Short of men in the east, short of men in the west, Germany turned to desperate measures to fill its thinning ranks. Hitler was convinced the rear areas, supply depots, offices and administrations would prove to be a rich source of untapped manhood. He ordered every division, every naval and Luftwaffe unit to comb out men who could be spared duties behind the lines so they could be sent to the front. But combing out the Wehrmacht could not solve all its ills. The losses had simply been too great. In 1943, the German military machine began calling up seventeen and eighteen year olds and relying more and more heavily on foreign ‘volunteers’: Volksdeutsche – ethnic Germans, born outside the Fatherland; Freiwillige – foreign volunteers sympathetic to the Nazi cause – and Hilfswillige or ‘Hiwis’ – auxiliaries, usually Russians or Poles pressed into military service from the occupied territories or recruited from the millions of prisoners of war wasting away in German camps. With the war turning against the Wehrmacht in the east, it was no longer safe to use anti-Bolshevik Russians on the Eastern Front. From the autumn of 1943 onwards, the High Command steadily began swapping German troops behind the Atlantic Wall for these so-called Osttruppen – eastern troops. By the spring of 1944, one in six infantry battalions along the Atlantic Coast was composed of Osttruppen and foreign volunteers – Russians, Poles, Italians, Hungarians, Romanians, Ukrainians among them. On the eastern coast of the Cotentin peninsula, 709th Infantry Division was typical of the second-rate divisions defending the west in 1944. One in five in its ranks was a volunteer from the east. Its commander, Karl Wilhelm von Schlieben, was sceptical. ‘We are asking rather a lot if we expect Russians to fight in France for Germany against Americans.’

Leave a comment

Filed under Britain, Canada, Eastern Europe, France, Germany, migration, military, nationalism, U.S., USSR, war

Evangelizing Japanese in Hawai‘i, 1915

From “Events in Hawaii,” by F. S. Scudder, in The Christian Movement in the Japanese Empire, including Korea and Formosa, a Year Book for 1915 (Conference of Federated Missions, Japan, 1915), pp. 333-336.

Interchanges – Our geographic situation has furnished us, as usual, special opportunities of brotherly service. In May, 1914, the visit of the training ships Asama and Azuma gave many Americans the privilege of becoming acquainted with Rear-Admiral Kuroi, whose noble character won the admiration of ail who met him. It was a happy coincidence that while a party of prominent citizens of Hawaii were touring Japan and daily receiving the highest courtesies in that Land of the Rising Sun, we of the setting sun should have the opportunity of offering the first welcome to these men of the Japanese navy on their visit to various American ports.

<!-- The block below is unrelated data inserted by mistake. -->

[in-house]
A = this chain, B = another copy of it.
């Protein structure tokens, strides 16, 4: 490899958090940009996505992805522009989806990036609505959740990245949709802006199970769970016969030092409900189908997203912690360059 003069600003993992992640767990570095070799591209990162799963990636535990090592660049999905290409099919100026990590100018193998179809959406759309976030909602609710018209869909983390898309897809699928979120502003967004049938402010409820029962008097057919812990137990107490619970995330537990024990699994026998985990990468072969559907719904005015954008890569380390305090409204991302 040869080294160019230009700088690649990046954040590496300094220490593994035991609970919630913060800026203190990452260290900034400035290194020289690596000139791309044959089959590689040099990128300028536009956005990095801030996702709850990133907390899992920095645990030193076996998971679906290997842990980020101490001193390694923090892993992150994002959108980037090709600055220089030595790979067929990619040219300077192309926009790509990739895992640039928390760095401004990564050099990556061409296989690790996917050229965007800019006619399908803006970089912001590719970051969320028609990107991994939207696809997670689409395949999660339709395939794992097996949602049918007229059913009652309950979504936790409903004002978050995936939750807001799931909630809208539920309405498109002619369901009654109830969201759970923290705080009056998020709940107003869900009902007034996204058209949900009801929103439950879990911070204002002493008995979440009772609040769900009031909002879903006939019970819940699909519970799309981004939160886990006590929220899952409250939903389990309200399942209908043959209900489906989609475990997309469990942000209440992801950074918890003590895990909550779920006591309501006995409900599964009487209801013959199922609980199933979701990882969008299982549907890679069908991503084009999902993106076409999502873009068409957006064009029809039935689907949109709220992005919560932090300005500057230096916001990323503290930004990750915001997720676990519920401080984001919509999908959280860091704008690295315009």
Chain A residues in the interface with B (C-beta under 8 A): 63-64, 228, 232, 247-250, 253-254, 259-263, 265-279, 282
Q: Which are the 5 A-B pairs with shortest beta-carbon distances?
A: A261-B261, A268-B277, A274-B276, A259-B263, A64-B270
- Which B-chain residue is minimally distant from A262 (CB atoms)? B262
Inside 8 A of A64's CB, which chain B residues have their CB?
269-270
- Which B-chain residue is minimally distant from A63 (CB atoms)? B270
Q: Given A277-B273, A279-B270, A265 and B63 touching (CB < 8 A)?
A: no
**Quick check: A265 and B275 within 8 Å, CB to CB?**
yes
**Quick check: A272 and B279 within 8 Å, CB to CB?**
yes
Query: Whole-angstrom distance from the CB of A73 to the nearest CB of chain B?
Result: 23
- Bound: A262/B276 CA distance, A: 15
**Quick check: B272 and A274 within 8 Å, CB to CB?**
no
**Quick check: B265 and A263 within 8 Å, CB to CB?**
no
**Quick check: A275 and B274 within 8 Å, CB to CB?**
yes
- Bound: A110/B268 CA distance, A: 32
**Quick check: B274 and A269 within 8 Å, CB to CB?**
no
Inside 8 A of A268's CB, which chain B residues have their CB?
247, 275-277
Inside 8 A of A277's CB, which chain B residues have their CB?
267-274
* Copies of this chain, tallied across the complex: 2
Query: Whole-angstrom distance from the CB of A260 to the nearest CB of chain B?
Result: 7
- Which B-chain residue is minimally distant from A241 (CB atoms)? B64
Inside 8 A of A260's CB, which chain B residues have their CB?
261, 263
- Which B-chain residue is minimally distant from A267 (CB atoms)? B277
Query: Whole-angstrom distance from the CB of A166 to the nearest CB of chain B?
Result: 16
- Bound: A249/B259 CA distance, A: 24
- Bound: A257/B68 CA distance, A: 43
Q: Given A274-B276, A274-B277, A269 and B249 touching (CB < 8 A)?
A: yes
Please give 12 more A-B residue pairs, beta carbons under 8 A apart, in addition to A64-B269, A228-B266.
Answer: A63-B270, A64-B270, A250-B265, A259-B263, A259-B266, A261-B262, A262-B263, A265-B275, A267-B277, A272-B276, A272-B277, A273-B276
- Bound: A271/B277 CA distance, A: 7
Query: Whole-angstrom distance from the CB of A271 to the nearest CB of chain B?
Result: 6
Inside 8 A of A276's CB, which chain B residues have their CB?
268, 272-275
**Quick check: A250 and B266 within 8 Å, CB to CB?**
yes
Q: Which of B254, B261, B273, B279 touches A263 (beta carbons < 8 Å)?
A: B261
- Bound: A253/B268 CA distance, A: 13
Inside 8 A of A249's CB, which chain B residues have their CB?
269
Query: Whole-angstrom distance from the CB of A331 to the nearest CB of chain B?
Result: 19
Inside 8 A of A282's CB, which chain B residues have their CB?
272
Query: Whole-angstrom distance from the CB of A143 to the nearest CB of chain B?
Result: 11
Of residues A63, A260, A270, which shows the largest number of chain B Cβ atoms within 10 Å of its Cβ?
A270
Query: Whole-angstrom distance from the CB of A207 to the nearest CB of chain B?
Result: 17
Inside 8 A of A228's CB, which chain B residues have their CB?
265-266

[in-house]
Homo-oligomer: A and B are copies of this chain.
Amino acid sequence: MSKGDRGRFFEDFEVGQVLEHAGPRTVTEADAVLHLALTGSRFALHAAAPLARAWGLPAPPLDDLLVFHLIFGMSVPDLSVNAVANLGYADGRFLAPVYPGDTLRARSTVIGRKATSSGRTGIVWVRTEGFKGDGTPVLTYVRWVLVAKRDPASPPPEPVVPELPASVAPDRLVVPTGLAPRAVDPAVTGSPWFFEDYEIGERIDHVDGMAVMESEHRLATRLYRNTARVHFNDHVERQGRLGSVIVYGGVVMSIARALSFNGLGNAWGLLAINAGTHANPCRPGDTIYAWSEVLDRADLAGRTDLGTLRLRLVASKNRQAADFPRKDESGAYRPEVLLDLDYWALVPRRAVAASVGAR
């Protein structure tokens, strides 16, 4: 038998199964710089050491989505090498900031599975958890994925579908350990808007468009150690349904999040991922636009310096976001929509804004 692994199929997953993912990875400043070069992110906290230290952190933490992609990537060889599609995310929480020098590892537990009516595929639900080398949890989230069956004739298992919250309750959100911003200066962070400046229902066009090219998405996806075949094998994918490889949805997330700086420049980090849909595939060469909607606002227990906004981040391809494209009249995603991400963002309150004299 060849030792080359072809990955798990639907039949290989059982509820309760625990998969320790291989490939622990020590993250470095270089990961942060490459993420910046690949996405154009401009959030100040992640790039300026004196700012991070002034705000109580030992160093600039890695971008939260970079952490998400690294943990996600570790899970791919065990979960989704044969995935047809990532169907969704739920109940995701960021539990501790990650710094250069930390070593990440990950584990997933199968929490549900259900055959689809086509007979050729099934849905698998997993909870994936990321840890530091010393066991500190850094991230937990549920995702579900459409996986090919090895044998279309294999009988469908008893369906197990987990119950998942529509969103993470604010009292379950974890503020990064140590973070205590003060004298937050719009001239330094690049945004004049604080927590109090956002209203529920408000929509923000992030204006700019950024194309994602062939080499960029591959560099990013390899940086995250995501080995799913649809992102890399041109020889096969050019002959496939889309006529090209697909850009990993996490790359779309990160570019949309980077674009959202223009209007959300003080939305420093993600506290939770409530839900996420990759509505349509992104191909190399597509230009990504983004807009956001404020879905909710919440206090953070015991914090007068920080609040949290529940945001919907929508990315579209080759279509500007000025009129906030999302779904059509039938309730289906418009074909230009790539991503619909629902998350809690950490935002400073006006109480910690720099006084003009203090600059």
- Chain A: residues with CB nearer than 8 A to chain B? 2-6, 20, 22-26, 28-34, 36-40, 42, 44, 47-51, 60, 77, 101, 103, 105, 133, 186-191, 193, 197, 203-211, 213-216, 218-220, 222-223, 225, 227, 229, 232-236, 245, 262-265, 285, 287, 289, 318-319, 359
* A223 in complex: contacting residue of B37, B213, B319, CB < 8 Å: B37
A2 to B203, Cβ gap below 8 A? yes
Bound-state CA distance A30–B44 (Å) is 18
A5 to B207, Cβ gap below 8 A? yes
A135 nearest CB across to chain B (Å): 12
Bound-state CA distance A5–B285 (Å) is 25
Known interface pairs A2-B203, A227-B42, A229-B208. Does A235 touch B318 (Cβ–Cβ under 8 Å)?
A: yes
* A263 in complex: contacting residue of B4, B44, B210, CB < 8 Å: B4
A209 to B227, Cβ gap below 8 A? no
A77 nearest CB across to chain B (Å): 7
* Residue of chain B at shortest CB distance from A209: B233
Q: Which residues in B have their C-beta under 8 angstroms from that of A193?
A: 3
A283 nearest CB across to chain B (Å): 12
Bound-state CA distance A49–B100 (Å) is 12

A band of thirty young men, wearing a “Y” on their sleeves, and representing the Japanese Y.M.C.A. tendered their services as guides throughout the city and vicinity of Honolulu. An international welcome service was held both in Honolulu and Hilo, in each of which no less than 1,000 people gathered. At the Honolulu service, the picture of Admiral Kuroi, seated between Governor Pink­ham and Admiral Moore, and in the midst of a group of fifteen other prominent citizens of Honolulu, was one that called out from many the remark, “How could those two Admirals ever be conceived as being ranged on different sides in a conflict.” Such services certainly tend to bind us together in sympathy, respect and mutual interest.

Peace Scholarship Students – Another incident evoking interesting comment was the coming of three more Peace Scholars from Japan to the Mid-Pacific Institute. That the sending these three boys should have been deemed of sufficient importance to draw together at the home of the Prime Minister of Japan a number of the leaders of great movements in that Empire, shows the remarkable way in which the master minds of Japan foster, from its tiniest beginnings, the ideal of world peace.

In the great pageant of Peace given at the Mid-pacific carnival in February of this year, no part called forth more unanimous admiration than that taken by the Japanese. Not alone the exquisite beauty of their costumes, but the dignity and unequalled decorum of the participants were conspicuous.